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When It Rains, It Pours

Monday, August 15th, 2022

by Douglas L. Anderson, PsyD


We are experiencing a period of weather history where extremes are the norm.  Extreme derecho winds, extreme temperatures on the high side, extreme drought conditions, extreme amounts of rain in short periods.  Lots of extremes.  And it can be rather challenging to adjust and acclimate to such conditions.  We don’t know what to expect, and therefore our tendency is to trust only what we see with our own eyes.

I suppose life can seem a bit like our current weather patterns at times.  When it rains it pours.

Of course, that little proverb can go in both directions.  We might say that “in the middle of the drought we had only one rain storm, and it was accompanied by golf ball sized hail.  We lost the little bit of corn that the drought had already decimated.  And now we also need new shingles on the house.  When it rains it pours.”

Or we might say that “we have had the summer of all summers.  Soaking rains, cool nights, and warm days with little wind have produced a bumper crop.  And our tractors and combine never broke down once!  When it rains it pours.”

We all know another common question that asks, “Is your glass half empty or is your glass half full?”

We can’t predict when we will have what we might describe as a streak of bad luck or a streak of good luck.  Rain falls when it wants without any input from us.  But maybe we can work at having some control of our attitude, what psychology sometimes describes as being agentic creatures (agents) who have a degree of choice about attitudes and actions.

Viktor Frankl spent three years in a Nazi concentration camp.  In one of his books he notes that only 1 of every 27 individuals who were imprisoned in his camp survived.  In other words, 96% of those imprisoned in his camp died in the camp.  Frankl somehow survived.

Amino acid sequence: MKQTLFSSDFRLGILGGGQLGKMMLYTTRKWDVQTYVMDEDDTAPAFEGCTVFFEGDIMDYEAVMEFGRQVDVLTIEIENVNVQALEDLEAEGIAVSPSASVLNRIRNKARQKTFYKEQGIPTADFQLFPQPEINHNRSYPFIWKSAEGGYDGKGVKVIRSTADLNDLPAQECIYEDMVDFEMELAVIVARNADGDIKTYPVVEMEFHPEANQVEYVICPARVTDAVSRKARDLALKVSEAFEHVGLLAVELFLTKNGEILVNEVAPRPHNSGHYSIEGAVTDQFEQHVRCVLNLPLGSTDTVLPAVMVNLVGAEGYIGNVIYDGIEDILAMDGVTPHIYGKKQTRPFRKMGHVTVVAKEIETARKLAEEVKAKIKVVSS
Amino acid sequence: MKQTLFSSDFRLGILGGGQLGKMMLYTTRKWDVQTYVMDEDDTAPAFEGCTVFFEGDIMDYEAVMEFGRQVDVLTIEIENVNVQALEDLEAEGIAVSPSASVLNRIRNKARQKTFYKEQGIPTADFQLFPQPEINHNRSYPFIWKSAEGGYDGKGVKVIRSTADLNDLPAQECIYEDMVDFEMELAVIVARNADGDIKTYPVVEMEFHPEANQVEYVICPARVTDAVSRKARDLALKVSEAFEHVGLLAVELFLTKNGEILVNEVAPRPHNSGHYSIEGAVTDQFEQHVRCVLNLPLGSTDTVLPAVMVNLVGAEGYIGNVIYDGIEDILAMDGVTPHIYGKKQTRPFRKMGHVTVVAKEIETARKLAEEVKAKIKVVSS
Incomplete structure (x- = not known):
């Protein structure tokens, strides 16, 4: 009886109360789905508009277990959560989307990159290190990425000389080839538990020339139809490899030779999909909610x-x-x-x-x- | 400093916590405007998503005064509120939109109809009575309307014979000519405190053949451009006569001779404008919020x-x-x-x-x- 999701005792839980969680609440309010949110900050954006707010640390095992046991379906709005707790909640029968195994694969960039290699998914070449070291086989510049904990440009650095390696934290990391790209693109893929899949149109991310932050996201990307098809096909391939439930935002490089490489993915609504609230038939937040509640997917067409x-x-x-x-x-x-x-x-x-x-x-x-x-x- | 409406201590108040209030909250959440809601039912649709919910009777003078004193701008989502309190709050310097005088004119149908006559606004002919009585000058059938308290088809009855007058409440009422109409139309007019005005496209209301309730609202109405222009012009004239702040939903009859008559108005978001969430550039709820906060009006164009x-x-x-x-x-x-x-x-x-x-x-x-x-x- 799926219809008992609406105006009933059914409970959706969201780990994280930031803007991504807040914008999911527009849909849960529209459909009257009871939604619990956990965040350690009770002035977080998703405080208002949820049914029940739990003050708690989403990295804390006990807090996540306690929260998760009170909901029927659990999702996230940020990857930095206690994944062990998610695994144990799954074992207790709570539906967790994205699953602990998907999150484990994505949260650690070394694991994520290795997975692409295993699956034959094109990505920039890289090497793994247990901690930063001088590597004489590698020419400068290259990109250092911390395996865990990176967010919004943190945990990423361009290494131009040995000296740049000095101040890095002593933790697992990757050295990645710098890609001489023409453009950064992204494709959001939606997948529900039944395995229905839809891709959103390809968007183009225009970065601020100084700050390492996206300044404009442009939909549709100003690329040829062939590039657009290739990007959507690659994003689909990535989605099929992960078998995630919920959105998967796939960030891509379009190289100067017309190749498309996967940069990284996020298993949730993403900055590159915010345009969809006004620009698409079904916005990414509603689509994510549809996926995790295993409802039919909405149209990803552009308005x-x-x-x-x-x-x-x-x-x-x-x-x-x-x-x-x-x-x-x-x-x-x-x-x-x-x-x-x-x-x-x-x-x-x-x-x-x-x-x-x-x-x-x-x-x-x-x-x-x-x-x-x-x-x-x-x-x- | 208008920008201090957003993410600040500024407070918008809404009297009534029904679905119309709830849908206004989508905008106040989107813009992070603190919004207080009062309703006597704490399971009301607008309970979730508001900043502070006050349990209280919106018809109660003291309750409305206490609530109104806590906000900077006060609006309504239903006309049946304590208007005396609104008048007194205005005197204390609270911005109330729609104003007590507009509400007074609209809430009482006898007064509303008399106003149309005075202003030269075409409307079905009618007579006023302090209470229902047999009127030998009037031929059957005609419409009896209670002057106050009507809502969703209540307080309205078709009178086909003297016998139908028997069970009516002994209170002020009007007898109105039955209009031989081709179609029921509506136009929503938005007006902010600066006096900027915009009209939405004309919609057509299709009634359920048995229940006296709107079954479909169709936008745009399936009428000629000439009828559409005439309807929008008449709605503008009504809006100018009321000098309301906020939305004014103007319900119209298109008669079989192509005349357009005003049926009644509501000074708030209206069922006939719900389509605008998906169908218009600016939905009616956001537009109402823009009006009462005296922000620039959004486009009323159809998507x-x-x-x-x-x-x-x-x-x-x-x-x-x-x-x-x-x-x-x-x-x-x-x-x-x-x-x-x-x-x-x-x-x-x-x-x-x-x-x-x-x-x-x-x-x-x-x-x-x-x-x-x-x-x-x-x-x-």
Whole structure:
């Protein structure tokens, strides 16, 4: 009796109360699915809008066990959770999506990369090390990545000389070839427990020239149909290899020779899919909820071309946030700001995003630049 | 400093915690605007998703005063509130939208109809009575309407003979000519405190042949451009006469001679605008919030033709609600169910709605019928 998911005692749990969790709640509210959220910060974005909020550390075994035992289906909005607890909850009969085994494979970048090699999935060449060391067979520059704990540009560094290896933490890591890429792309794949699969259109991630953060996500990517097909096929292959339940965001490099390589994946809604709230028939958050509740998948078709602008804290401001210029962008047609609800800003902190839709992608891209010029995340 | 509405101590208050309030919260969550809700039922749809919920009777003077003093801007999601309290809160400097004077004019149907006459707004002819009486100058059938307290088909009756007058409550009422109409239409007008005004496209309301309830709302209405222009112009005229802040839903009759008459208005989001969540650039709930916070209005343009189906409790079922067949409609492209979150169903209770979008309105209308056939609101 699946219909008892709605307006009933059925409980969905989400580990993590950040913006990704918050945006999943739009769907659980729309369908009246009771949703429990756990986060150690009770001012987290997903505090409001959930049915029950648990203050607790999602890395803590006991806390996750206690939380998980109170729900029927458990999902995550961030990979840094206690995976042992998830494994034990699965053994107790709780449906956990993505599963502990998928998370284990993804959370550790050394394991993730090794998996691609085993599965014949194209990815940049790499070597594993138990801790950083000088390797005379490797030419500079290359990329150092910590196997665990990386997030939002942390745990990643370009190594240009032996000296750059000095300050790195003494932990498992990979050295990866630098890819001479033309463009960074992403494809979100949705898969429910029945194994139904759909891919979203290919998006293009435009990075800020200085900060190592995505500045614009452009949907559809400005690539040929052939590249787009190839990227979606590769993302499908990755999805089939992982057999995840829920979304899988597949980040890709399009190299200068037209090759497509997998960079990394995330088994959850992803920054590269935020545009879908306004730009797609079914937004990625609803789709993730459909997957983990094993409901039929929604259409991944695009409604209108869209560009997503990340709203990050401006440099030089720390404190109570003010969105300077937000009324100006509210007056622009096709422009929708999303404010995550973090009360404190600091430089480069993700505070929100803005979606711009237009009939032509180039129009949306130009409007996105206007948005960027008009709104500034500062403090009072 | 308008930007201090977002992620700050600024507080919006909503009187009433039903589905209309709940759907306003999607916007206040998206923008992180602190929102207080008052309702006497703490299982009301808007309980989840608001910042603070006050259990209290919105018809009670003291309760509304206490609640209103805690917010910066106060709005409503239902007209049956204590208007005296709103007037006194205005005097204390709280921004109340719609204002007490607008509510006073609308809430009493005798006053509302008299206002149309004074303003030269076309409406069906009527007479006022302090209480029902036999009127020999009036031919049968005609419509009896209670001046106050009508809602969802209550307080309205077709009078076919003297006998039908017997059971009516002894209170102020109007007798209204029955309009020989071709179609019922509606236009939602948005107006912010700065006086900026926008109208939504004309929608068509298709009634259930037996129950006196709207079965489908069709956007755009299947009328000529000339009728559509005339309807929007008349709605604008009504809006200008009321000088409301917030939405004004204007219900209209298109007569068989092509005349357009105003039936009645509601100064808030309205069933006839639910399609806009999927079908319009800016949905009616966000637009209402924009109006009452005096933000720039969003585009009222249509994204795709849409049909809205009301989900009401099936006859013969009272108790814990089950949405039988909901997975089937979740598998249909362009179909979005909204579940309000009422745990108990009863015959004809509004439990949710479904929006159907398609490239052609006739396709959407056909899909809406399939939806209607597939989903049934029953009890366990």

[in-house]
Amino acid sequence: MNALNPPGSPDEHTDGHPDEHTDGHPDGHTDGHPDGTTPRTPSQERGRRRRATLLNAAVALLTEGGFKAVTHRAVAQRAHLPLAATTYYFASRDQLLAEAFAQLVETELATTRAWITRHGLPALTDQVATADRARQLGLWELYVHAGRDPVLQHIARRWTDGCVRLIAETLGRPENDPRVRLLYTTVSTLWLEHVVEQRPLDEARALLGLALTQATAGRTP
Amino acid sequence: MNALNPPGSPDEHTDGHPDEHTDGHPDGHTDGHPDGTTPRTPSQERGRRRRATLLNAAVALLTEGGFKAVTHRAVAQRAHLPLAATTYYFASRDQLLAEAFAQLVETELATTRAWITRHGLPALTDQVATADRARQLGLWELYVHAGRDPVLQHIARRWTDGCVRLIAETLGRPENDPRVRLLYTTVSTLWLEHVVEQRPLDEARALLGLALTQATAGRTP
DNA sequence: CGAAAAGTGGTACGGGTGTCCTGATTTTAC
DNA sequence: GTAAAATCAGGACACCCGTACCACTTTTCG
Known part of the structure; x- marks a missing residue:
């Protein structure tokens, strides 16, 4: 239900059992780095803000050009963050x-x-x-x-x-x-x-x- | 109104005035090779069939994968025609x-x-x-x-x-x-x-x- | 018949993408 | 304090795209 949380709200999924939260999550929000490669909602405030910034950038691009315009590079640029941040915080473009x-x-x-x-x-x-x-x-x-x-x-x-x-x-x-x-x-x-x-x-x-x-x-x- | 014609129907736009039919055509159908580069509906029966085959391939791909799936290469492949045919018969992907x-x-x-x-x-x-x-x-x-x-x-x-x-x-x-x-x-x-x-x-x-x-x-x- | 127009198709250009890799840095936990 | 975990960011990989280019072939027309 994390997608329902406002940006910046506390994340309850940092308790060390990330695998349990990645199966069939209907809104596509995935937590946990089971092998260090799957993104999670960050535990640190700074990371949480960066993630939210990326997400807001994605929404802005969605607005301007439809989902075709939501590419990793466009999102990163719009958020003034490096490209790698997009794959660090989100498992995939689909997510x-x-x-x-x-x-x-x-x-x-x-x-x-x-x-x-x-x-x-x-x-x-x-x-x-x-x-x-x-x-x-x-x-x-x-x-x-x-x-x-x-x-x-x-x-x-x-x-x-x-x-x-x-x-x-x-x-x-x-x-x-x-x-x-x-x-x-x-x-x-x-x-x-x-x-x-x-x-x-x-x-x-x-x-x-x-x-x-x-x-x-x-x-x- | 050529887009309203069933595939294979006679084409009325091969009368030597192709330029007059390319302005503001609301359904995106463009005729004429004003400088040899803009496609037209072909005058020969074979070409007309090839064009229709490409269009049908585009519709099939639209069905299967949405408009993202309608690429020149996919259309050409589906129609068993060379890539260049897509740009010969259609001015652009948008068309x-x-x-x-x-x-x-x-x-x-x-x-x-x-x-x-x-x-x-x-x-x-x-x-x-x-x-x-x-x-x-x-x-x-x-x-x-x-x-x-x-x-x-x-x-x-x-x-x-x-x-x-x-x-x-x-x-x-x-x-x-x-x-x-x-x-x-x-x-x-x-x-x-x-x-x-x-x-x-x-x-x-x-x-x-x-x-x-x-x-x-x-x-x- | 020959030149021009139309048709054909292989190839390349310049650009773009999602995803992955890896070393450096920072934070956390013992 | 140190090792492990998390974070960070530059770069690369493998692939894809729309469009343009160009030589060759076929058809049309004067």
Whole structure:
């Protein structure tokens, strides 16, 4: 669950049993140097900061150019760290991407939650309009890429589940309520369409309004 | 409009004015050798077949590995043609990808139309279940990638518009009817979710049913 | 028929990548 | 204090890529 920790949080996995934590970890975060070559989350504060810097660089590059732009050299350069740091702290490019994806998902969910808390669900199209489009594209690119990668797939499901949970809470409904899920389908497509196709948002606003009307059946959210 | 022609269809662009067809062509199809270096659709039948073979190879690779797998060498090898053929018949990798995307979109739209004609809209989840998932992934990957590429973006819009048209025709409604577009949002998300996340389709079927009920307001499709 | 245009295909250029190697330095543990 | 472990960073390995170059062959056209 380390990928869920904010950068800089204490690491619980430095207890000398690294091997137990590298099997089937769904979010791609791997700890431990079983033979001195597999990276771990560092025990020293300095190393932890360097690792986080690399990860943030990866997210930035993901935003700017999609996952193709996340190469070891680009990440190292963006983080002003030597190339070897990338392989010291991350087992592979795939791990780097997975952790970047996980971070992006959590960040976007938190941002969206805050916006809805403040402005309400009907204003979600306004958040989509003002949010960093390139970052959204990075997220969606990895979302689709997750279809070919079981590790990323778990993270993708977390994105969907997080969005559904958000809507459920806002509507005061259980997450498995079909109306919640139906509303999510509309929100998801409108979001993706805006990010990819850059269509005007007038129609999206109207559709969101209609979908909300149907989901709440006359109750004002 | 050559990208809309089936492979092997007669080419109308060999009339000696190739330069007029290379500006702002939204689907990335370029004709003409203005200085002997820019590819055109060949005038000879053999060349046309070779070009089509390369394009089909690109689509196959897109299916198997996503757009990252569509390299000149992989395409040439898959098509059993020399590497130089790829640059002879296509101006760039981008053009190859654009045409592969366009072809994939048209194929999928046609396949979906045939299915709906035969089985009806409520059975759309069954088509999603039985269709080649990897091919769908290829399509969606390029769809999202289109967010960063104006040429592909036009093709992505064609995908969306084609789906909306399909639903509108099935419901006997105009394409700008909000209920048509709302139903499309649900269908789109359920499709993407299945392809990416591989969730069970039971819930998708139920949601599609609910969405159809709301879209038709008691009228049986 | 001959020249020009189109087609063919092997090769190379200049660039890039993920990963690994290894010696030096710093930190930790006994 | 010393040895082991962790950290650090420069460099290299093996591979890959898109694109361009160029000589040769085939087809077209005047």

In his book, Man’s Search For Meaning, written after his experience in the camp, Frankl notes that everything can be taken from a person except for one thing.  The individual always has the right or the opportunity to choose his or her attitude in any given set of circumstances, to choose his or her own way.

I don’t know what you might be up against right now.  You may be in a difficult marriage or a difficult business partnership.  You may be unusually anxious or deeply depressed, or maybe you just feel like everything is a bit out of whack, and that life is an unending struggle, a road with unending potholes and unexpected turns.

My experience of healthy farmers and ranchers is that they take the weather “with a grain of salt'' (yes, one more little saying we all recognize).  Their attitude is that “it will all come out in the wash.”  Okay, enough with the sayings.

But there is a lesson for us here.  Sometimes life pours out challenge and pain, and sometimes life pours out blessings and good things.  Our task is to find ways to be resilient and to adjust and acclimate to both good and bad moments, both good and bad experiences.  We need to discover ways to hold good and bad simultaneously.

If you say this is easier said than done, I concur.  But we can find our way to a healthier emotional and relational life if we look for and discover ways to hold both good and bad.  

If you would like some help accomplishing that, consider connecting with us.  We have competent and caring therapists in all four of our locations - River Counseling Services in Platte, Sioux Falls Psychological Services, and Stronghold Counseling Services in Sioux Falls and in Yankton - who will meet you where you are, offering hope. That is our mission. You may schedule an appointment at the Platte office at 605-337-3444 or meet with one of our Sioux Falls or Yankton based therapists from your computer, smartphone, or in person at any of our clinics. To schedule an appointment, please call 605-334-2696.